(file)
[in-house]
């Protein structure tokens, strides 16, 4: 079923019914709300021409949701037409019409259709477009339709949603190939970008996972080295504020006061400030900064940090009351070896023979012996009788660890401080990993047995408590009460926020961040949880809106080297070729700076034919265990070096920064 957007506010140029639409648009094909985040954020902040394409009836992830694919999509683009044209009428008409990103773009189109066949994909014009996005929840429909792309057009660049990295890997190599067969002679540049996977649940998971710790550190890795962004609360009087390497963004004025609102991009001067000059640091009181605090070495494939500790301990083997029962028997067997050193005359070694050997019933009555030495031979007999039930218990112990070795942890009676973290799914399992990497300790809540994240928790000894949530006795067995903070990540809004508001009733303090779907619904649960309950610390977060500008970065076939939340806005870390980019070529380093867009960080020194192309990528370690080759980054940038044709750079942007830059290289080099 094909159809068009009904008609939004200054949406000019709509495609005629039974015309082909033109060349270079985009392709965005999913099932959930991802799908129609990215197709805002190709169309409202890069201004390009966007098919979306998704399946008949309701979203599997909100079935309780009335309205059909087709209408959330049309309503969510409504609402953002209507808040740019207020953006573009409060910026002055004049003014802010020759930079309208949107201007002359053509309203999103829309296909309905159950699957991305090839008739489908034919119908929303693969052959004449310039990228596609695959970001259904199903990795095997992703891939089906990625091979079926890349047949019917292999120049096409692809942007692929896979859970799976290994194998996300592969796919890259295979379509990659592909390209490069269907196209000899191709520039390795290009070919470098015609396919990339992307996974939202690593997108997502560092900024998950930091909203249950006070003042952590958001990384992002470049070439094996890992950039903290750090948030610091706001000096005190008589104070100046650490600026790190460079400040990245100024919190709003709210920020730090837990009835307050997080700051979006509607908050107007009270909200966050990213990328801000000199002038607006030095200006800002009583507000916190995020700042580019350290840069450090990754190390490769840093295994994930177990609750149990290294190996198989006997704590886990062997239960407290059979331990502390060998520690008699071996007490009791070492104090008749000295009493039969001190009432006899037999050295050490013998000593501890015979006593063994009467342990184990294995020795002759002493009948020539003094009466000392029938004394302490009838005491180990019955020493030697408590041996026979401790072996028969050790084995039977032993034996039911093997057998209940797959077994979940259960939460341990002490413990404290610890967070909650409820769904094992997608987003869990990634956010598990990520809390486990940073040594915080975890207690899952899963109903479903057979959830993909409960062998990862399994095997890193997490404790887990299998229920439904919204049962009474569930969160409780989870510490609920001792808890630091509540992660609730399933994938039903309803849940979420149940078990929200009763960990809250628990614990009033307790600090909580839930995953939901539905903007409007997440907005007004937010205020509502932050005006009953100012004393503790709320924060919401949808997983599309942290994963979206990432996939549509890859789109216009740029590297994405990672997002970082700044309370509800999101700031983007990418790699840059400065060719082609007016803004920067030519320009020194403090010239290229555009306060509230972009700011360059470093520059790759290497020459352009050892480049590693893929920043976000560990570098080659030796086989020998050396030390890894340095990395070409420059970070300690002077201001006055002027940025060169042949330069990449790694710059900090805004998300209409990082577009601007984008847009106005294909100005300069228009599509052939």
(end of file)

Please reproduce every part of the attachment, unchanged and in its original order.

[in-house]
């Protein structure tokens, strides 16, 4: 079923019914709300021409949701037409019409259709477009339709949603190939970008996972080295504020006061400030900064940090009351070896023979012996009788660890401080990993047995408590009460926020961040949880809106080297070729700076034919265990070096920064 957007506010140029639409648009094909985040954020902040394409009836992830694919999509683009044209009428008409990103773009189109066949994909014009996005929840429909792309057009660049990295890997190599067969002679540049996977649940998971710790550190890795962004609360009087390497963004004025609102991009001067000059640091009181605090070495494939500790301990083997029962028997067997050193005359070694050997019933009555030495031979007999039930218990112990070795942890009676973290799914399992990497300790809540994240928790000894949530006795067995903070990540809004508001009733303090779907619904649960309950610390977060500008970065076939939340806005870390980019070529380093867009960080020194192309990528370690080759980054940038044709750079942007830059290289080099 094909159809068009009904008609939004200054949406000019709509495609005629039974015309082909033109060349270079985009392709965005999913099932959930991802799908129609990215197709805002190709169309409202890069201004390009966007098919979306998704399946008949309701979203599997909100079935309780009335309205059909087709209408959330049309309503969510409504609402953002209507808040740019207020953006573009409060910026002055004049003014802010020759930079309208949107201007002359053509309203999103829309296909309905159950699957991305090839008739489908034919119908929303693969052959004449310039990228596609695959970001259904199903990795095997992703891939089906990625091979079926890349047949019917292999120049096409692809942007692929896979859970799976290994194998996300592969796919890259295979379509990659592909390209490069269907196209000899191709520039390795290009070919470098015609396919990339992307996974939202690593997108997502560092900024998950930091909203249950006070003042952590958001990384992002470049070439094996890992950039903290750090948030610091706001000096005190008589104070100046650490600026790190460079400040990245100024919190709003709210920020730090837990009835307050997080700051979006509607908050107007009270909200966050990213990328801000000199002038607006030095200006800002009583507000916190995020700042580019350290840069450090990754190390490769840093295994994930177990609750149990290294190996198989006997704590886990062997239960407290059979331990502390060998520690008699071996007490009791070492104090008749000295009493039969001190009432006899037999050295050490013998000593501890015979006593063994009467342990184990294995020795002759002493009948020539003094009466000392029938004394302490009838005491180990019955020493030697408590041996026979401790072996028969050790084995039977032993034996039911093997057998209940797959077994979940259960939460341990002490413990404290610890967070909650409820769904094992997608987003869990990634956010598990990520809390486990940073040594915080975890207690899952899963109903479903057979959830993909409960062998990862399994095997890193997490404790887990299998229920439904919204049962009474569930969160409780989870510490609920001792808890630091509540992660609730399933994938039903309803849940979420149940078990929200009763960990809250628990614990009033307790600090909580839930995953939901539905903007409007997440907005007004937010205020509502932050005006009953100012004393503790709320924060919401949808997983599309942290994963979206990432996939549509890859789109216009740029590297994405990672997002970082700044309370509800999101700031983007990418790699840059400065060719082609007016803004920067030519320009020194403090010239290229555009306060509230972009700011360059470093520059790759290497020459352009050892480049590693893929920043976000560990570098080659030796086989020998050396030390890894340095990395070409420059970070300690002077201001006055002027940025060169042949330069990449790694710059900090805004998300209409990082577009601007984008847009106005294909100005300069228009599509052939």